Leaders who listen effectively are more successful. For IT teams, becoming a better listener is a key way to set apart good leaders from great ones. In this blog, we will explore the five levels of listening and their impact on leadership. From ignoring to empathetic listening, we’ll delve into each level and explain why listening well is vital for building trust and relationships.
In Stephen Covey’s landmark book The Seven Habits of Highly Effective People, he identified five levels of listening. The five levels of listening are ignoring, pretending, selective, attentive, and empathic. When you’re on a customer service call, you’re listening at one of these five levels, whether you realize it or not.
Covey’s Five Levels of Listening Are:
Ignoring, which is exactly what the name implies. The other person is speaking and you’re not paying any attention to them, perhaps even doing other activities while they’re speaking. On a customer service call, this could be when you’re playing a video game, checking social media, or doing anything else while your customer is describing their issue. It’s rude, inexcusable, and you certainly wouldn’t want someone to treat you that way.
Pretend listening is when you act like you’re listening by saying “Uh-huh” or nodding your head, but you’re not actually listening. As with ignoring listening, you’re doing something else while your customer is speaking, but you’re making automatic sounds as though you’re actually listening. In a way, pretend listening is worse than ignoring. At least when you engage in ignoring, you’re being honest!
Selective listening, which is when you listen only when the other person is saying something you’re interested in or agree with, but tune out when you lose interest. If you do this during a customer service call, you could miss important information from your customer that could influence how you respond. I used to talk about how my teenagers were really good at selective listening until I realized they learned it from me! I was modeling an undesirable behavior for my kids when I would selectively listen to what they were saying. I’m still probably guilty of this at times. I hope I’m better about now than I used to be!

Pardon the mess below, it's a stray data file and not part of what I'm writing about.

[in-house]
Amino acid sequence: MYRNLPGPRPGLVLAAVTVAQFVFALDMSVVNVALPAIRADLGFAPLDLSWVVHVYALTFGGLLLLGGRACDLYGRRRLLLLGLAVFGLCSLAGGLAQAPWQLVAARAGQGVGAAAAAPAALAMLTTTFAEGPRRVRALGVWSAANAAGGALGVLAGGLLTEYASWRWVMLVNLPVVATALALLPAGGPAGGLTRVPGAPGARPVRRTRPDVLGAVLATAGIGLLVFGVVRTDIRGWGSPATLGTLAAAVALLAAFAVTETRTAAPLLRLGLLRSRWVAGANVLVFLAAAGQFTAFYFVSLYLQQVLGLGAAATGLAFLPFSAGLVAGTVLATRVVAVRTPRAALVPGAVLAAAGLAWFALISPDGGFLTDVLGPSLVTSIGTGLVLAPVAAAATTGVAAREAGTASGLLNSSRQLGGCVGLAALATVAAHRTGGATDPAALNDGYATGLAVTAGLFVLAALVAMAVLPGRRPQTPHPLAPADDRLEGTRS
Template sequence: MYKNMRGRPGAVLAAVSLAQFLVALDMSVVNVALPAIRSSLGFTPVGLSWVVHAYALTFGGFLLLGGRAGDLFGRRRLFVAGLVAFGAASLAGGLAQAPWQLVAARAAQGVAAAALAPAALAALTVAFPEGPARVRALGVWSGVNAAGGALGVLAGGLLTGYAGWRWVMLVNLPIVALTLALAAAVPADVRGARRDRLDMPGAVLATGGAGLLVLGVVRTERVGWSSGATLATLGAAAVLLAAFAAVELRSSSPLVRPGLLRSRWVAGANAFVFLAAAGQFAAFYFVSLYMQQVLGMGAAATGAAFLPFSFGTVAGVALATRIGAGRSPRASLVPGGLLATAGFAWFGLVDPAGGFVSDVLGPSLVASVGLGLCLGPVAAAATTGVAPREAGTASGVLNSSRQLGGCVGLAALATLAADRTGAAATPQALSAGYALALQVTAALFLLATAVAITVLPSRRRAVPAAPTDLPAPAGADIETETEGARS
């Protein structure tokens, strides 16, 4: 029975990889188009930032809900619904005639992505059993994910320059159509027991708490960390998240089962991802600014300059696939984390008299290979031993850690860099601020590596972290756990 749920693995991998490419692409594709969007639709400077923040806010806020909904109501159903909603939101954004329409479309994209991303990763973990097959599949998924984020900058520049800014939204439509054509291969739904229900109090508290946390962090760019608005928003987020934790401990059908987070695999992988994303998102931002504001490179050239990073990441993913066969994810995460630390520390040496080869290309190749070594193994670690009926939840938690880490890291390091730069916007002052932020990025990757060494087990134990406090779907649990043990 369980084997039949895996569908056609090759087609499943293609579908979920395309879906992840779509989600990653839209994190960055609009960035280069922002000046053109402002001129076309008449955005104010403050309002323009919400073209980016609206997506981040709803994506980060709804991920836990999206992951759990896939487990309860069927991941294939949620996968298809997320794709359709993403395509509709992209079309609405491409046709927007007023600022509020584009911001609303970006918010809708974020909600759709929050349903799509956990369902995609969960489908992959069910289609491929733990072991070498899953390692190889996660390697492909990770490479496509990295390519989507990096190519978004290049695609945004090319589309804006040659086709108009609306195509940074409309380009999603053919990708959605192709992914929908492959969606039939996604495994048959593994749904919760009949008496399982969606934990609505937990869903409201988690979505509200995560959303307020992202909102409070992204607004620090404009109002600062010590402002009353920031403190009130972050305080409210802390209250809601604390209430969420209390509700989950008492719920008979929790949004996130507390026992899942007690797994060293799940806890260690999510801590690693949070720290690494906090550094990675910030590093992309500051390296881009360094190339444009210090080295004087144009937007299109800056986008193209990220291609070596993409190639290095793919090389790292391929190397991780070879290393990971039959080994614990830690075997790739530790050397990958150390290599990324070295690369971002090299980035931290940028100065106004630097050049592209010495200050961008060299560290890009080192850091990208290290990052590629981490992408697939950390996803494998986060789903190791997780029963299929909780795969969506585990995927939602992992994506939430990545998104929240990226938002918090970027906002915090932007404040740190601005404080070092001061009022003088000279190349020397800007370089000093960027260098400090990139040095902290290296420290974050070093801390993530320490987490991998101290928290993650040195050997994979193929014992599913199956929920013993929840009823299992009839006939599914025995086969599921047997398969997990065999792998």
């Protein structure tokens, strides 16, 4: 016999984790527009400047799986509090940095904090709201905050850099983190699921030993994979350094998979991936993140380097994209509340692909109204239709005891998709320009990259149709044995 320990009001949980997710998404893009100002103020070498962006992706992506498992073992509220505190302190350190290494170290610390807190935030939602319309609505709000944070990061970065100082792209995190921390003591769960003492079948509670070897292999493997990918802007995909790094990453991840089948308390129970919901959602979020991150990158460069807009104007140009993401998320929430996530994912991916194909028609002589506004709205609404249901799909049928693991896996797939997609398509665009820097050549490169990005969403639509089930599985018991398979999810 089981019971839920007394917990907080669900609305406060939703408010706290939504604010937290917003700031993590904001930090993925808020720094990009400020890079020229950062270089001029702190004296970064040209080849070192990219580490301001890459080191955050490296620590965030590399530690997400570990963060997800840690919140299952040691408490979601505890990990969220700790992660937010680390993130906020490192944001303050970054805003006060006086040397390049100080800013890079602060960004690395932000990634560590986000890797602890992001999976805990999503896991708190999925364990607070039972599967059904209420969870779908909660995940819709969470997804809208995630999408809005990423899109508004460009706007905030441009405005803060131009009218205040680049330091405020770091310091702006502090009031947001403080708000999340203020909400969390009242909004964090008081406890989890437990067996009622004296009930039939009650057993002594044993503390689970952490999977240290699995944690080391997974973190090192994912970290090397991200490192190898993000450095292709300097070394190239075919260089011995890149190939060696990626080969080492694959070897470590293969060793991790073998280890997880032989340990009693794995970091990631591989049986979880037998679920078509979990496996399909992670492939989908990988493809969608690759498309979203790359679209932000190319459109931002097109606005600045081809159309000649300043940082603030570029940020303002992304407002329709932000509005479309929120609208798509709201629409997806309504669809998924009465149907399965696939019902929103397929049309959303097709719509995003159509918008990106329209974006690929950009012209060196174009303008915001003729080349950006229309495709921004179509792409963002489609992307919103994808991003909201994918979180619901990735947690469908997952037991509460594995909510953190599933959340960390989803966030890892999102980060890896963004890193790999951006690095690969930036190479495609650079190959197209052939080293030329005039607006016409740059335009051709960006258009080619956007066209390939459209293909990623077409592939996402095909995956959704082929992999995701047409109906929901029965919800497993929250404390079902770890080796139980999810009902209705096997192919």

Attentive listening is when you pay close attention to the other person, but while they’re speaking, you’re preparing your response. You’re thinking less about what they’re saying and more about what you want to say. Although attentive listening is far better than the three previous levels, it still places the focus on you and not on your caller. As with selective listening, you run the risk of missing information that could affect your response.
Empathic listening is when you listen to understand and remember what the other person is saying. You give them your full attention. You listen in a way that makes the other person feel heard and respected. When you use empathic listening during a customer service call, the other person can sense that you’re paying close attention. You’re less likely to miss bits of information you need to help resolve their issue.
To achieve empathic listening, be patient. Talk less and listen more. When you do talk, ask questions to gain a deeper, clearer understanding of the customer’s issue. Ask questions like a student, not as a prosecutor. Covey’s habit number five provides excellent guidance for achieving empathic listening: “Seek first to understand, then to be understood.”
Notice that listening at the four lower levels of ignoring, pretending, selective, and even attentive places the focus on you, while listening at the empathic level places the focus on the speaker. That’s actually a great way to check yourself. Ask yourself, “Where’s my focus?”
Think about a customer service call you’ve been on as a customer. Was the provider listening empathically or at one of the four lower levels of listening? Think about how you felt as you were describing your issue. Did you feel heard and respected? Now, think about a time when you were the customer service provider. Were you listening emphatically or at one of the four lower levels? How did your customer respond to you?
Now that you know the five levels of listening, use them to improve your customer service the next time a customer calls you.
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